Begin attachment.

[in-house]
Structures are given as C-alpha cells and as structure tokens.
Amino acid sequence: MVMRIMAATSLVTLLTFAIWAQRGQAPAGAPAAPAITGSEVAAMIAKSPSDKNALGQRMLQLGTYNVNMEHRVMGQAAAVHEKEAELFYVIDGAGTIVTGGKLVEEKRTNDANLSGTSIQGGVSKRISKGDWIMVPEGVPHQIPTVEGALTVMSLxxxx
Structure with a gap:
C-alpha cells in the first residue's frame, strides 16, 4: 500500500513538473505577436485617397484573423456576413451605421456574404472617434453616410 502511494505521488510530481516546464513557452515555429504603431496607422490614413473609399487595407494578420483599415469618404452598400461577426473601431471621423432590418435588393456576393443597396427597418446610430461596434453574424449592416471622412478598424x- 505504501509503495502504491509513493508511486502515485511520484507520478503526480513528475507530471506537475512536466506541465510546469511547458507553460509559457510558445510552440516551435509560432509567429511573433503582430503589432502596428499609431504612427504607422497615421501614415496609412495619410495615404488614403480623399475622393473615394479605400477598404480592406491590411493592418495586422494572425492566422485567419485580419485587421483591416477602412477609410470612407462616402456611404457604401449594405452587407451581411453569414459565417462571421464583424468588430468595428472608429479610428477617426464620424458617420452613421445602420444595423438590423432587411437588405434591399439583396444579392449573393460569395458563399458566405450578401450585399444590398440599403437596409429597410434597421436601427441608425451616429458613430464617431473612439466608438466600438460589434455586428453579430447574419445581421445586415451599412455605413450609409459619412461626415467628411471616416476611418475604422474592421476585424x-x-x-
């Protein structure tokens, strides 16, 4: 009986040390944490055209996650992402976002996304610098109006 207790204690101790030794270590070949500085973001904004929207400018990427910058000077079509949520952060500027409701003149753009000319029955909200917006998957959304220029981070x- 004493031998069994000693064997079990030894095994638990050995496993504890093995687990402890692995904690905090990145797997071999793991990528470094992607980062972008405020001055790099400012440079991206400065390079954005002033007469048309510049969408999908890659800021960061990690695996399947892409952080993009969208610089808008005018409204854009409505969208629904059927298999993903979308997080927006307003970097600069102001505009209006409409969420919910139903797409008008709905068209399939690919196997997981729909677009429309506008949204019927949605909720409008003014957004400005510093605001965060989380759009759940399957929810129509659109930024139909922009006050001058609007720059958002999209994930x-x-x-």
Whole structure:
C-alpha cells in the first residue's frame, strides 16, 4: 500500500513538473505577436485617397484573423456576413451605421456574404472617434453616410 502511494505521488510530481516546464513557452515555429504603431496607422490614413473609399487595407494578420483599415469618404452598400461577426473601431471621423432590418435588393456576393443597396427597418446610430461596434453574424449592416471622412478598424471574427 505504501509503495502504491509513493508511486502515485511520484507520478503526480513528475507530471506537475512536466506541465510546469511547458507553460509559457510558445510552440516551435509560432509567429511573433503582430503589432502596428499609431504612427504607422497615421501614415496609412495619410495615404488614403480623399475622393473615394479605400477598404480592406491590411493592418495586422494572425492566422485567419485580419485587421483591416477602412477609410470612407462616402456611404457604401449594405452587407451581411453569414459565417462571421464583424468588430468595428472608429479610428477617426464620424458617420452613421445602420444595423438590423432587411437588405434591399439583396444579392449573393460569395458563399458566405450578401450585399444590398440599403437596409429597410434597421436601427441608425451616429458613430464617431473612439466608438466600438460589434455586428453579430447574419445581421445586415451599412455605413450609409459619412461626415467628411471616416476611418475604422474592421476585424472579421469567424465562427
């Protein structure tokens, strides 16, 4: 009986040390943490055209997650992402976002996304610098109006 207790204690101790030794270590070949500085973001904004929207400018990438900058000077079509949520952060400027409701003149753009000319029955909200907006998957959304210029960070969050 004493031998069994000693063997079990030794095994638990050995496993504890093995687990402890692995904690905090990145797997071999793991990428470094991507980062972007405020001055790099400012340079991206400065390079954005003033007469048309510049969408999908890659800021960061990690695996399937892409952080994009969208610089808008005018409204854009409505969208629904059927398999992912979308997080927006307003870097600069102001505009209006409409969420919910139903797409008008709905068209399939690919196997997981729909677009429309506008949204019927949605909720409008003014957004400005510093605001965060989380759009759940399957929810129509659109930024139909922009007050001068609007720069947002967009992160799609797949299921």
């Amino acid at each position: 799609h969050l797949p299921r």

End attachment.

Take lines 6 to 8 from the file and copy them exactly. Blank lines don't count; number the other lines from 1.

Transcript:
């Protein structure tokens, strides 16, 4: 009986040390944490055209996650992402976002996304610098109006 207790204690101790030794270590070949500085973001904004929207400018990427910058000077079509949520952060500027409701003149753009000319029955909200917006998957959304220029981070x- 004493031998069994000693064997079990030894095994638990050995496993504890093995687990402890692995904690905090990145797997071999793991990528470094992607980062972008405020001055790099400012440079991206400065390079954005002033007469048309510049969408999908890659800021960061990690695996399947892409952080993009969208610089808008005018409204854009409505969208629904059927298999993903979308997080927006307003970097600069102001505009209006409409969420919910139903797409008008709905068209399939690919196997997981729909677009429309506008949204019927949605909720409008003014957004400005510093605001965060989380759009759940399957929810129509659109930024139909922009006050001058609007720059958002999209994930x-x-x-």
Whole structure:
C-alpha cells in the first residue's frame, strides 16, 4: 500500500513538473505577436485617397484573423456576413451605421456574404472617434453616410 502511494505521488510530481516546464513557452515555429504603431496607422490614413473609399487595407494578420483599415469618404452598400461577426473601431471621423432590418435588393456576393443597396427597418446610430461596434453574424449592416471622412478598424471574427 505504501509503495502504491509513493508511486502515485511520484507520478503526480513528475507530471506537475512536466506541465510546469511547458507553460509559457510558445510552440516551435509560432509567429511573433503582430503589432502596428499609431504612427504607422497615421501614415496609412495619410495615404488614403480623399475622393473615394479605400477598404480592406491590411493592418495586422494572425492566422485567419485580419485587421483591416477602412477609410470612407462616402456611404457604401449594405452587407451581411453569414459565417462571421464583424468588430468595428472608429479610428477617426464620424458617420452613421445602420444595423438590423432587411437588405434591399439583396444579392449573393460569395458563399458566405450578401450585399444590398440599403437596409429597410434597421436601427441608425451616429458613430464617431473612439466608438466600438460589434455586428453579430447574419445581421445586415451599412455605413450609409459619412461626415467628411471616416476611418475604422474592421476585424472579421469567424465562427